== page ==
¿Podéis retirar de vuestra web el artículo haciendo apología de la violación? O esperáis a la denuncia directamente? https://t.co/F1soD1hENf
— Eivipop (@Eivipop) 8 de junio de 2017
The article’s message is extremely damaging as it promotes the idea that a lack of consent from one of the two parties - in this case the woman - is not reason enough for a sexual encounter not to take place. It fuels the idea that women must always be at the beck and call of the desires of men.
And it’s overlooking a crucial point: rape can also be committed on your partner. Being emotionally involved does not give you some kind of immunity, a special allowance to abuse without any consequences.
And while we’re on the subject of sexual abuse in couples, a few months ago this short film by Chloé Fontaine was released on the web which clearly illustrates the need to mark and define the limits of consent within a relationship:
'In general people see rape as something that happens in dark alleyways, at night, carried out by a stranger when a woman walks home alone. They also believe it implies physical force. In fact, 80% of sexual violence is committed by people who have a close connection with the victim and does not necessarily imply the use of force,’ says Virginia Gil, from the Fundación ASPACIA, an organisation for victims of sexual violence.
Coming back to the article in question, Gil labels it as completely ‘perverse’ as it feeds the idea that women have no choice but to lie or pretend to end a relationship we don’t want to be in. ‘That or resign ourselves to being raped,’ she says. For her, this form of violence - which is subtler and involves no physical force - has become the most ‘normalised and invisible.’ ‘There is the danger that it isn’t even seen as rape,’ she adds.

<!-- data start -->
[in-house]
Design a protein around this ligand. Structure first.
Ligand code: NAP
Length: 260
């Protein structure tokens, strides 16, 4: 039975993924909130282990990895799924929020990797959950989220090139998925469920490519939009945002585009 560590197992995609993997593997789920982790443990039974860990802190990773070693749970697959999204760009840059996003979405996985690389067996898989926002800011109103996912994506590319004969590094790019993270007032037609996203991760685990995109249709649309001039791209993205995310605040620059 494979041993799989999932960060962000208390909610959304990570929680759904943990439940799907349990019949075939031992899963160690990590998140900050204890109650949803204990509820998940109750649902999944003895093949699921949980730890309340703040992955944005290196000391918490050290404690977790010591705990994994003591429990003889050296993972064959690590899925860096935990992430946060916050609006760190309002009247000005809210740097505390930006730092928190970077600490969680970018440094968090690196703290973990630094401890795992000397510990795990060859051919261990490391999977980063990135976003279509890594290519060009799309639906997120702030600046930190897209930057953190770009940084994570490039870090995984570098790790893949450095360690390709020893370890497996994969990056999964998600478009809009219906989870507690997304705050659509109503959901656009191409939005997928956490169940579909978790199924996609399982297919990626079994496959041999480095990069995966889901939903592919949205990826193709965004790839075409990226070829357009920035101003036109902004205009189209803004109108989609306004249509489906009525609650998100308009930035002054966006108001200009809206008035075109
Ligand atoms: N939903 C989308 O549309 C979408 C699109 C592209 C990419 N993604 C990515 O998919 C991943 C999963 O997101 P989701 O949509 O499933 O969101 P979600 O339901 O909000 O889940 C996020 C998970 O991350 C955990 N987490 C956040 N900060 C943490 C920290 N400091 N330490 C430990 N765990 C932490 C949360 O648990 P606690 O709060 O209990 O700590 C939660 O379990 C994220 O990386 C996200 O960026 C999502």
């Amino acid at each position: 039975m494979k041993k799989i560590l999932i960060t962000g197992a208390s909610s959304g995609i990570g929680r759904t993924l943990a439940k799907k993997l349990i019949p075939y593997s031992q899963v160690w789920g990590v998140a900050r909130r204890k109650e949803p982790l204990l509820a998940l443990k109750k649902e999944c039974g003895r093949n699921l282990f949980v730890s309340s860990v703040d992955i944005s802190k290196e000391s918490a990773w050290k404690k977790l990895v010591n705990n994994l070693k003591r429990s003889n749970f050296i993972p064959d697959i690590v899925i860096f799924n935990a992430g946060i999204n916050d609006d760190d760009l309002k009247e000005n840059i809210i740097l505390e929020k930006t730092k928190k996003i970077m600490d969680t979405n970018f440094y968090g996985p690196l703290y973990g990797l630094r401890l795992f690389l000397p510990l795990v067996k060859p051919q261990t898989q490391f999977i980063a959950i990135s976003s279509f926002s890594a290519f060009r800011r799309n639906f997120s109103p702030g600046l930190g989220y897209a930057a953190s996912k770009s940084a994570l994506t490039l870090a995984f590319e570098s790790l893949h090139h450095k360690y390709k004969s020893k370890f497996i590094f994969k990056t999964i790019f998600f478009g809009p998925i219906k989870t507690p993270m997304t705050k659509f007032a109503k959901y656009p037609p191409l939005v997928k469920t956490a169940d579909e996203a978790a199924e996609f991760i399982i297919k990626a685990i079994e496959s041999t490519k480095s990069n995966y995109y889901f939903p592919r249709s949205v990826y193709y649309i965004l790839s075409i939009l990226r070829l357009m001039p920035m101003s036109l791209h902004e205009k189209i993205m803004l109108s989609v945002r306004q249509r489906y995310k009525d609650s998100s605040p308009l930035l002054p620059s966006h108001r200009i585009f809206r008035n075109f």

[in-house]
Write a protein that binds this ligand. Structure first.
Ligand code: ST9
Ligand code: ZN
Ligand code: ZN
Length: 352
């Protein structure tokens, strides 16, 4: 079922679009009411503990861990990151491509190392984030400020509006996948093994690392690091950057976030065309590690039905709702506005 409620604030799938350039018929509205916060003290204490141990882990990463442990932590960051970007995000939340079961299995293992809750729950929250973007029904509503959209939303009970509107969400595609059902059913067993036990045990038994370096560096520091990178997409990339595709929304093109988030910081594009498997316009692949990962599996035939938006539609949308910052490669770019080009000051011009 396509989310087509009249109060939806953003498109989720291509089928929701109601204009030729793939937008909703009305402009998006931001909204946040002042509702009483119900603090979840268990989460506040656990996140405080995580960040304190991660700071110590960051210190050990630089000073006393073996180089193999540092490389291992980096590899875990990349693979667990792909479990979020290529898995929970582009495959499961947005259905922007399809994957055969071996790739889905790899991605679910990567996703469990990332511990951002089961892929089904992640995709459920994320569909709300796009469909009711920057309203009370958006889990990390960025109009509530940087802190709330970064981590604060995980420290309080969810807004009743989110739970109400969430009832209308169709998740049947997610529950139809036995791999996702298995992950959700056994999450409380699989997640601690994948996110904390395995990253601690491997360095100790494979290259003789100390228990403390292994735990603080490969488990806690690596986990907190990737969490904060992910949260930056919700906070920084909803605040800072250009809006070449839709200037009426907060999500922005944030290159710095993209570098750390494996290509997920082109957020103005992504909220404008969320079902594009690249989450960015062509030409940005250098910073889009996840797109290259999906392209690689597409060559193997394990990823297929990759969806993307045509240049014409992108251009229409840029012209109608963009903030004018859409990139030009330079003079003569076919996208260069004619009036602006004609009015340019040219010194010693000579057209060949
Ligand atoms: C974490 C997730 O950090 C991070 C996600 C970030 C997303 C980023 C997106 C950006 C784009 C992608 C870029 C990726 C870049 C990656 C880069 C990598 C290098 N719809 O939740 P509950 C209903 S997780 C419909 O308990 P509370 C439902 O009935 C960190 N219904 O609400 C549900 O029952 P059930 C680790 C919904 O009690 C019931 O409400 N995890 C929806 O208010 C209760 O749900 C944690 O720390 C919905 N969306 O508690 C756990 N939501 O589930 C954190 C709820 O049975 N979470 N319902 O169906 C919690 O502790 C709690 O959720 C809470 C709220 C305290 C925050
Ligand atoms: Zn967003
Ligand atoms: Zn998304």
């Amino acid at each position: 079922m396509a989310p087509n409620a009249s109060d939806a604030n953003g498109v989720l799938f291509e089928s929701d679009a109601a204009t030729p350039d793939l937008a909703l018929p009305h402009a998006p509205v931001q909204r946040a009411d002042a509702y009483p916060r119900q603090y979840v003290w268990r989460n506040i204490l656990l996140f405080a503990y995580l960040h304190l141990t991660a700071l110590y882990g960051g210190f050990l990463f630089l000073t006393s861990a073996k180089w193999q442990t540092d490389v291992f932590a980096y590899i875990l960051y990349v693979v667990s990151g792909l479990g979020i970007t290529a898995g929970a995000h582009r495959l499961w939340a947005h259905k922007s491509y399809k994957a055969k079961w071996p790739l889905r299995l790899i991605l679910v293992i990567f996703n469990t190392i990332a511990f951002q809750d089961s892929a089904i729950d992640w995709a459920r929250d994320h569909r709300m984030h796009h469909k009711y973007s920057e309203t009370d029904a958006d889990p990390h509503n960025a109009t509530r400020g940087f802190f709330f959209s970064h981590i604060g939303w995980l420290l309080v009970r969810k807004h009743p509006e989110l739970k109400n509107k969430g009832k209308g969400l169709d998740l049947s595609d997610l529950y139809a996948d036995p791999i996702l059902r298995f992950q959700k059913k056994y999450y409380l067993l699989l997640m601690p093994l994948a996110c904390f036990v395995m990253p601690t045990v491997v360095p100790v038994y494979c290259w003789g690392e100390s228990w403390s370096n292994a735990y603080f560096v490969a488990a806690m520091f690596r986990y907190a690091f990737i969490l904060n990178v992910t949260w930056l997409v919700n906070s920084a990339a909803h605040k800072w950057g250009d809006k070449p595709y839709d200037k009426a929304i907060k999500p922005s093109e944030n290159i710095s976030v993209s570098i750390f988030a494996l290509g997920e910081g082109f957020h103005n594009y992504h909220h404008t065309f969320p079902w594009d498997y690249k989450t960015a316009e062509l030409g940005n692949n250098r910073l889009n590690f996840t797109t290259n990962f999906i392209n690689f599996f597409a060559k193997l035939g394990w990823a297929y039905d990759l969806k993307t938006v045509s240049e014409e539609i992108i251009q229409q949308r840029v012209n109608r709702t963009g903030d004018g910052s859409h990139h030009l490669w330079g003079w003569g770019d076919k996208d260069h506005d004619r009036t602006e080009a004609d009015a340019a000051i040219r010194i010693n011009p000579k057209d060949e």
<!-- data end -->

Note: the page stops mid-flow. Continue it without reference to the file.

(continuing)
‘The very fact that it takes place between partners is cause for concern and if the end aim is not achieved (having sex) it’s the woman’s fault, and she's accused of being frigid or her partner threatens to go elsewhere for sex…,’ says Gil.
‘While the tone of the article is that of "a problem page to help achieve harmony in your relationships", it is actually just another example of the imbalance between what it means to be a woman and what it means to be a man in today’s world.’Luciana Peker, a journalist for Página 12 and feminist activist, believes that this is one of the most serious aspects prevalent in some women’s magazines. ‘These manuals make everything look easy. They teach you how to leave a man, how to hold onto him, how to get him back, how to satisfy him,’ she says. But, in reality, what they really do is ‘legitimise violence and portray sex as a duty, stripping it of any hint of desire or pleasure.’
For Peker this is one of the feminist movement’s biggest grievances. ‘I think this is one of the things we feminists find most irreverent. Respect for our libido is an essential element of what we're fighting for. It is our undeniable right. The media insist on defending the idea that women do certain things to please men. A woman’s desire is undoubtedly what is most feared in politics, economics and society at large. We feminists have to fight to protect our sexual needs.’